I have written about discretionary income before, which is the money left over after you have paid for all the essentials like a place to live, food to eat and taxes! That is the money that you spend on all the luxuries that make life worth living. If you can double your discretionary income with income from investments or increase it by being a bit thrifty when buying the essentials, you can effectively double your standard of living. What is this money that you never spend?

money that you never spend


Keeping your nerve #finance #investments

There are times when you have trouble keeping your nerve when investing in the stock market. It can be volatile and the dealers and market makers all play their games. The companies are self-serving and often have little regard for small private investors. After last weeks disaster when Carillion went into liquidation I was hoping for some good news and this week didn’t go so well either.

keeping your nerve


Perceptions of risk #investments

Perceptions of risk changed this week with FTSE 250 companies now appearing to be a greater risk than before Carillion went into liquidation. The government, in my opinion, made a colossal mistake. They sold shares not long ago in Lloyd’s banking group because they believe in ‘privatisation’. Now they let Carillion fail because they believe in letting the market decide. God help us if Jacob Rees-Mogg ever reaches a position of power with his Conservative ideas and antiquated ideas based on Catholicism.

perceptions of risk


All that glitters #finance #investments

All that glitters is not gold, used to be a popular saying. It seems many people are attracted by anything that glitters these days and people are turning into magpies buying anything that glitters and frittering their money away.

all that glitters


Snow before Christmas #finance

Winter started early this year with snow before Christmas and so many people will have heftier winter bills for heating. The cost of Christmas could cause many people misery in January too. However, some companies are viewing the awful weather as a life saver. The bad weather has meant more cooked meals and so companies like Premier Foods should have increased sales and revenue. The AA might be getting more members signed up too.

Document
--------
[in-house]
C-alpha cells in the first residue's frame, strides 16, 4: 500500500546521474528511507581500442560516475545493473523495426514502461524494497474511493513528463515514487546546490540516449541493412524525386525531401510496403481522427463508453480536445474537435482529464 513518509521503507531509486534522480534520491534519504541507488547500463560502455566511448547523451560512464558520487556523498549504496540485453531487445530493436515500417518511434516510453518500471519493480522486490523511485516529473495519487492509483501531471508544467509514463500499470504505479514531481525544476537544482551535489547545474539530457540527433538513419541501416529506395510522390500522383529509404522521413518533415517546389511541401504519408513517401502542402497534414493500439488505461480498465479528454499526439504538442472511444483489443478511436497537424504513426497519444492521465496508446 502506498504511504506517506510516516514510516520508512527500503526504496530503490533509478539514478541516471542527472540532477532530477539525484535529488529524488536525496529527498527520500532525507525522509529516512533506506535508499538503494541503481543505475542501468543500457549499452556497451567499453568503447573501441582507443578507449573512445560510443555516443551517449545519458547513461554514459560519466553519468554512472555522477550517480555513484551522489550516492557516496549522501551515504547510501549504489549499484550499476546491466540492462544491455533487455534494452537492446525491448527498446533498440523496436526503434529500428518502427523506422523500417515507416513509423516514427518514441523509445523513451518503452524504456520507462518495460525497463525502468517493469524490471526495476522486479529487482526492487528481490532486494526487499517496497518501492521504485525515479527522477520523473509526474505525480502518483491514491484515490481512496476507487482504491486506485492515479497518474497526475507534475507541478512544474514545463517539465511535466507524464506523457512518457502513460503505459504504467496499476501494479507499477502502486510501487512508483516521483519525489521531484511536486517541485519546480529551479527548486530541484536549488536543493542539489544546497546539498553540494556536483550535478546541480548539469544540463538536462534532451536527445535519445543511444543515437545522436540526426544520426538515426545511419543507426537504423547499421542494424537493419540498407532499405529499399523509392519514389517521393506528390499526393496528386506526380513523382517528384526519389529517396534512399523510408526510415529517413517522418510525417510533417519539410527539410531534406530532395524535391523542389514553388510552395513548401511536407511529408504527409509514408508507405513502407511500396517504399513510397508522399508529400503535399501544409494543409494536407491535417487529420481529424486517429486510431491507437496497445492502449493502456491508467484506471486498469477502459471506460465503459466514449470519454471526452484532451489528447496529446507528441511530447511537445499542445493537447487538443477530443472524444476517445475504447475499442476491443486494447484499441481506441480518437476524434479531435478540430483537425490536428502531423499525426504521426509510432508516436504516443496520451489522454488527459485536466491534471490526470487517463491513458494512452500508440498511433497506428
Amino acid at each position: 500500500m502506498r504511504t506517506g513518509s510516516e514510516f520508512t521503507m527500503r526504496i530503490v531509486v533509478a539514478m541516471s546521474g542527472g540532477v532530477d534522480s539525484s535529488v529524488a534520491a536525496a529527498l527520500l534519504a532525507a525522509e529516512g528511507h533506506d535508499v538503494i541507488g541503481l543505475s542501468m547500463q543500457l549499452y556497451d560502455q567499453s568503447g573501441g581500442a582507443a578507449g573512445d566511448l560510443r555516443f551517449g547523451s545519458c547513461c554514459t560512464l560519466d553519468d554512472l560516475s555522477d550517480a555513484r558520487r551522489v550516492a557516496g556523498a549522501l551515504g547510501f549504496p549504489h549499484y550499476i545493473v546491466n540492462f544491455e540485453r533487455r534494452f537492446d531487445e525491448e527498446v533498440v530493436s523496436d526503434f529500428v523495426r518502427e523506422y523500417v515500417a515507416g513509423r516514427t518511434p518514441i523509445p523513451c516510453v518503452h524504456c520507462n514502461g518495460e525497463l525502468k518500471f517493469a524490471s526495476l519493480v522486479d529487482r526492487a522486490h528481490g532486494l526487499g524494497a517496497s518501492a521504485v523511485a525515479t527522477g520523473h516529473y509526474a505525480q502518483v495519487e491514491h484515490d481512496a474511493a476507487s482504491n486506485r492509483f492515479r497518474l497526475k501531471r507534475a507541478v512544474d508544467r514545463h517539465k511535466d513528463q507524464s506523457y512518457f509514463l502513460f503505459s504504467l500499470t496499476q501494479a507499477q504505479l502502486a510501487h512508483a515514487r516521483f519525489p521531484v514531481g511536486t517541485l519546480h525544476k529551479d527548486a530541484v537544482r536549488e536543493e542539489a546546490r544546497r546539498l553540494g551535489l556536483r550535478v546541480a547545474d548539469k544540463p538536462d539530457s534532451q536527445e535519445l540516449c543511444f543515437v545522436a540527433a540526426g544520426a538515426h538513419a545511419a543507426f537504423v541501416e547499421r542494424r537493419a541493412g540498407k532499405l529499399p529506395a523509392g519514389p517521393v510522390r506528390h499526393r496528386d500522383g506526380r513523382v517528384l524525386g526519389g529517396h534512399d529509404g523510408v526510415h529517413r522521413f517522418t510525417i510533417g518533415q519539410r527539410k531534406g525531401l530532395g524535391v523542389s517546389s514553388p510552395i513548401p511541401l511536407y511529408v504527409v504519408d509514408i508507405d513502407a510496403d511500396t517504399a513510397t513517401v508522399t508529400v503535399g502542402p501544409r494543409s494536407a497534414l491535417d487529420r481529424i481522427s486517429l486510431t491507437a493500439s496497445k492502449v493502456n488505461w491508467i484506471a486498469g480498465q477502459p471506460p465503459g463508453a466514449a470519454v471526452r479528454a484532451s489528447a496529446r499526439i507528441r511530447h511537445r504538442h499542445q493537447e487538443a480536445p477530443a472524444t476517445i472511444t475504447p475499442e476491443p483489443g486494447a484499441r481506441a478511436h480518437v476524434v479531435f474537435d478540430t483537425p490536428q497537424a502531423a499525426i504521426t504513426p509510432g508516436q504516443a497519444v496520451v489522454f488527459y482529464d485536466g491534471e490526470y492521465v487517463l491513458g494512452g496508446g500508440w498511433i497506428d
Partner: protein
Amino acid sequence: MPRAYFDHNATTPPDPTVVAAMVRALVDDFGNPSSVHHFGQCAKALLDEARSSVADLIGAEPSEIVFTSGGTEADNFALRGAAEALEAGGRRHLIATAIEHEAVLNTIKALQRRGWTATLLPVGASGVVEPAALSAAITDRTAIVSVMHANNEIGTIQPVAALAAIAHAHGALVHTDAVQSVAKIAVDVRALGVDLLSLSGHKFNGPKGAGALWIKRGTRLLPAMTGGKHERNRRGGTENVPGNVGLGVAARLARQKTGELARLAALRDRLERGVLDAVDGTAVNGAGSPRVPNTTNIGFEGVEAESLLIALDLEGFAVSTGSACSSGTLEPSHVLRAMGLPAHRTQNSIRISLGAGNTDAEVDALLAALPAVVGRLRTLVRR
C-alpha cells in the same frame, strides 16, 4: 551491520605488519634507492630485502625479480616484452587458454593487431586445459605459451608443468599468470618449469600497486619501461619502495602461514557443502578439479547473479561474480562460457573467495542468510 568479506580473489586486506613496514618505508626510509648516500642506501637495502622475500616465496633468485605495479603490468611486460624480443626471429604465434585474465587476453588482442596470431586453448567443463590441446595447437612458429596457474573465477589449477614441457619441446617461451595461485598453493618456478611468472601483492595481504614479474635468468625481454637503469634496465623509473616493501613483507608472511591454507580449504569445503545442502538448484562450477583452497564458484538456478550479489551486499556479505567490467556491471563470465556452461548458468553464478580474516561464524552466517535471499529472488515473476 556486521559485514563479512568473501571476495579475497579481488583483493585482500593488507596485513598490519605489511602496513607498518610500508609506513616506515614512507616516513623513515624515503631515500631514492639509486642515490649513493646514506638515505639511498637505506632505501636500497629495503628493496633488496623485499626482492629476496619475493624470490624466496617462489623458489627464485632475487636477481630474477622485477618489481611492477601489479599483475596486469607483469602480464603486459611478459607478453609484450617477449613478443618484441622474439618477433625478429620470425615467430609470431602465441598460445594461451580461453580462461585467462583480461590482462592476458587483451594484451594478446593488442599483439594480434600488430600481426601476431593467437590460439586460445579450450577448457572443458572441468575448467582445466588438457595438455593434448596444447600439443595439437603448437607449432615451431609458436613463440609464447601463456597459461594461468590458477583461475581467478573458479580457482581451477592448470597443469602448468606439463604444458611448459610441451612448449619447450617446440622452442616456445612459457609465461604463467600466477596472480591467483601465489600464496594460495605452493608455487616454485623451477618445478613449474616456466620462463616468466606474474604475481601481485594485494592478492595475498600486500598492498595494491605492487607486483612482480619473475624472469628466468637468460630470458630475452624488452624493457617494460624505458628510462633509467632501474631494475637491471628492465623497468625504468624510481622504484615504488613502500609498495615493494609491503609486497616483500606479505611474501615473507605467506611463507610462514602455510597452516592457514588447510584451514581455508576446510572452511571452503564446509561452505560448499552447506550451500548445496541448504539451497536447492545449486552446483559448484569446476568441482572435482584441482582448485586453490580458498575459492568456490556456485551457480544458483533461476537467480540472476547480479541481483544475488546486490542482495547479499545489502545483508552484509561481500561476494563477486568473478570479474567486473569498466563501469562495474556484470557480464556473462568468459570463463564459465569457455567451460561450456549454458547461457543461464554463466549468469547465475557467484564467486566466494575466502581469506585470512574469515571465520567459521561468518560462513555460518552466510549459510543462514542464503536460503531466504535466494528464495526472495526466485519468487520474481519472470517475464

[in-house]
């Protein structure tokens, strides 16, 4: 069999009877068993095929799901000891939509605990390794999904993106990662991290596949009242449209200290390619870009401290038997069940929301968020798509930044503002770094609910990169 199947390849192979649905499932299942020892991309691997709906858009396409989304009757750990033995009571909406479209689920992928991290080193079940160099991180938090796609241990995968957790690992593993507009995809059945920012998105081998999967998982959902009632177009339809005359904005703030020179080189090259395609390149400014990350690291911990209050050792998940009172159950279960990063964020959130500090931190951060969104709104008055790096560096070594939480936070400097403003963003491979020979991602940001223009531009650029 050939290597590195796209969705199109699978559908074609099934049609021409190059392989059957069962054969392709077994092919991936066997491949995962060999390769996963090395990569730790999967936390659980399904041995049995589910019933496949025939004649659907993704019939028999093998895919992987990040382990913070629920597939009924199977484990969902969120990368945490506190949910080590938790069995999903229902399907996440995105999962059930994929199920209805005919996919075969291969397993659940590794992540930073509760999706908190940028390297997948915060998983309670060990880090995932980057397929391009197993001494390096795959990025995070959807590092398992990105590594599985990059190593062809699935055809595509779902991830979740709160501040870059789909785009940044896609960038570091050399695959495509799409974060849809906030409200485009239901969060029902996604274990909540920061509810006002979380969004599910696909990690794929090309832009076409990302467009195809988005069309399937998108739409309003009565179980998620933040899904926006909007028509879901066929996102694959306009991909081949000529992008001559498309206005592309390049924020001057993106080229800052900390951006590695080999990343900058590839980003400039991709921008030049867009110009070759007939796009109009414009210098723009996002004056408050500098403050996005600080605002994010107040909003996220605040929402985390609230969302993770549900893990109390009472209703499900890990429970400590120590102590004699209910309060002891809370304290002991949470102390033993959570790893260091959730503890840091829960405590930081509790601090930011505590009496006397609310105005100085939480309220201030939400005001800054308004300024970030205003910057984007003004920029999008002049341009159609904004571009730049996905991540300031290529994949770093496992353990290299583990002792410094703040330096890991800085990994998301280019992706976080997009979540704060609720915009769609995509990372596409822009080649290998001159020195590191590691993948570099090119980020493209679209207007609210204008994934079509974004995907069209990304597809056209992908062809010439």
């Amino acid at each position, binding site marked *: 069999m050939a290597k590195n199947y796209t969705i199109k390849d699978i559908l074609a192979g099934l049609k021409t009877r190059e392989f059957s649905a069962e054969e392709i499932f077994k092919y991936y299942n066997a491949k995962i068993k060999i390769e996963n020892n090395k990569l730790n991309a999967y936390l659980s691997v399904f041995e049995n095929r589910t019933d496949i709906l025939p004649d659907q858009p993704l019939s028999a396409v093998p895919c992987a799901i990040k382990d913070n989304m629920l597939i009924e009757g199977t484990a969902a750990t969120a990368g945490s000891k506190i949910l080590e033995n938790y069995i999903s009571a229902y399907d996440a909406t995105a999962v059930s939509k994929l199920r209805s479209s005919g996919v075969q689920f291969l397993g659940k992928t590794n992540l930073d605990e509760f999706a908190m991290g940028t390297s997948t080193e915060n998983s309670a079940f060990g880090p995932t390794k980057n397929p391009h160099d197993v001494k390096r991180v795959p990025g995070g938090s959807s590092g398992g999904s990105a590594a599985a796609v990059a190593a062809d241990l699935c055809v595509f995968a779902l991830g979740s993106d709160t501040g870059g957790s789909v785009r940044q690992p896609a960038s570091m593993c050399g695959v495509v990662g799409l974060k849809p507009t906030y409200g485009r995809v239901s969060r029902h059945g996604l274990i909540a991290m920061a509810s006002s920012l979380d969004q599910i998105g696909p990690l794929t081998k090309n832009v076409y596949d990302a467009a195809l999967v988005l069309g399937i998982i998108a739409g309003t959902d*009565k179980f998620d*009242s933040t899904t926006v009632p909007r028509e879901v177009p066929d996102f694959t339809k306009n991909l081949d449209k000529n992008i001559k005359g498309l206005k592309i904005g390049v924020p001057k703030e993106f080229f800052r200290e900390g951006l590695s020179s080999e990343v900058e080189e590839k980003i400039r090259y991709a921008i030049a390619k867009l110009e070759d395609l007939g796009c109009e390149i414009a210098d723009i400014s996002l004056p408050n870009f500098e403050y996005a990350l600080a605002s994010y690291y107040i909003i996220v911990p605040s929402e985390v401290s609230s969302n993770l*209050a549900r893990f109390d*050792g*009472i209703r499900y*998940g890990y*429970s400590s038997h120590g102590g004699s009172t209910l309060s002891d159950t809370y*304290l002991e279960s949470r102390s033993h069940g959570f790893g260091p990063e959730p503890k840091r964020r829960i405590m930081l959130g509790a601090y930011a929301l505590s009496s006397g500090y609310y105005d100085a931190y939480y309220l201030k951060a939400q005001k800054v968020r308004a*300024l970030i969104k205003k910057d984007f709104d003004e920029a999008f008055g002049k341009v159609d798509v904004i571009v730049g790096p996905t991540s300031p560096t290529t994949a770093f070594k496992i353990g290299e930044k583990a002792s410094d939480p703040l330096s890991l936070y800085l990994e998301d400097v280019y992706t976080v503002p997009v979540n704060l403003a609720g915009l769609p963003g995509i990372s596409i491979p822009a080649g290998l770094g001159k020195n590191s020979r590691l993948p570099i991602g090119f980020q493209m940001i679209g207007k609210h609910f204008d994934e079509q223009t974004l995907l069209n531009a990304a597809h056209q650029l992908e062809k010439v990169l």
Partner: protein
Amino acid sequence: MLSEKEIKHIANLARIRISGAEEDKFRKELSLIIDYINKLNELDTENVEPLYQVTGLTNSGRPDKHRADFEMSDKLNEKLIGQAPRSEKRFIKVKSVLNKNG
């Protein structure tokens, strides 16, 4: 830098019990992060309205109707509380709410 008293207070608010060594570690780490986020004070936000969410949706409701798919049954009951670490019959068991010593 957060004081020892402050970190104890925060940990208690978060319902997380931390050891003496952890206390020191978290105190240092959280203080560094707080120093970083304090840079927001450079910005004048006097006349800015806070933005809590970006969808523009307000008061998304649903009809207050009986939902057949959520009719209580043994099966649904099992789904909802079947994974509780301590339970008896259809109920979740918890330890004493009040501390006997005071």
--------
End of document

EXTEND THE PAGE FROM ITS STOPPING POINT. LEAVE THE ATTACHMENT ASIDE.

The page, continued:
snow before Christmas


The tree-shake and market maker #finance


a member of any of the bands of English workers who destroyed machinery, especially in cotton and woollen mills, which they believed was threatening their jobs (1811–16).

Luddites weren’t really against mechanisation. They were against low wages. The factory owners were keeping wages down because they needed high profits in order to mechanise and if they didn’t mechanise their competitors would and put them out of business. The answer to their dilemma,  of course, was to bring in investment from outside the company. We are now in a new era of mechanisation. The use of computer-controlled robots and artificial intelligence. Companies need investment and so the stock market is even more important now as in the early 19th century. Technology will tree-shake whole industries and some companies won’t make it.

Tree-shake is a term used by investors in the internet forums.


Beware the bubble #finance #investments

Sometimes an economic bubble will form and sometimes they are created purposely. Ponzi schemes are a type of bubble and they rely on greed but bubbles can also form because of shortages such as a property price bubble when housing or commercial property is in short supply. There is a property bubble in London and the south-east but the cause isn’t just a shortage. It is also higher incomes in the south-east compared to the rest of the UK.

large cap company investments creating a bubble?


Planning for 2018 #finance

Planning for 2018 will be difficult because there is so much uncertainty caused by Brexit. I will hope for the best and expect the worst! Another financial crash could wipe 30% off the value of the stock market. I’m too exposed to AIM companies so I would be hit worse, perhaps losing half my portfolio. I can survive that.

planning for 2018


Stress test, can you pass it? #finance

The Bank of England has set a stress test for Britain’s banks and advised that capital requirements should be sufficient to meet a crisis such as the one outlined. We too should ask if we can survive such a crisis or would we become bankrupt, lose our home or be unable to meet our obligations. How bad could things get?

stress test


Pundits and brokers #finance #investments

There are lots of pundits and brokers who will tell you to invest in all sorts of things. Everything from the FTSE 100 to Bitcoin. Should you listen to them? I think Bitcoin is a bubble that will eventually burst and many investment opportunities are scams. Anyone who calls you up offering an amazing opportunity is probably in a boiler room and is either offering something that is illegal or is on the borderline.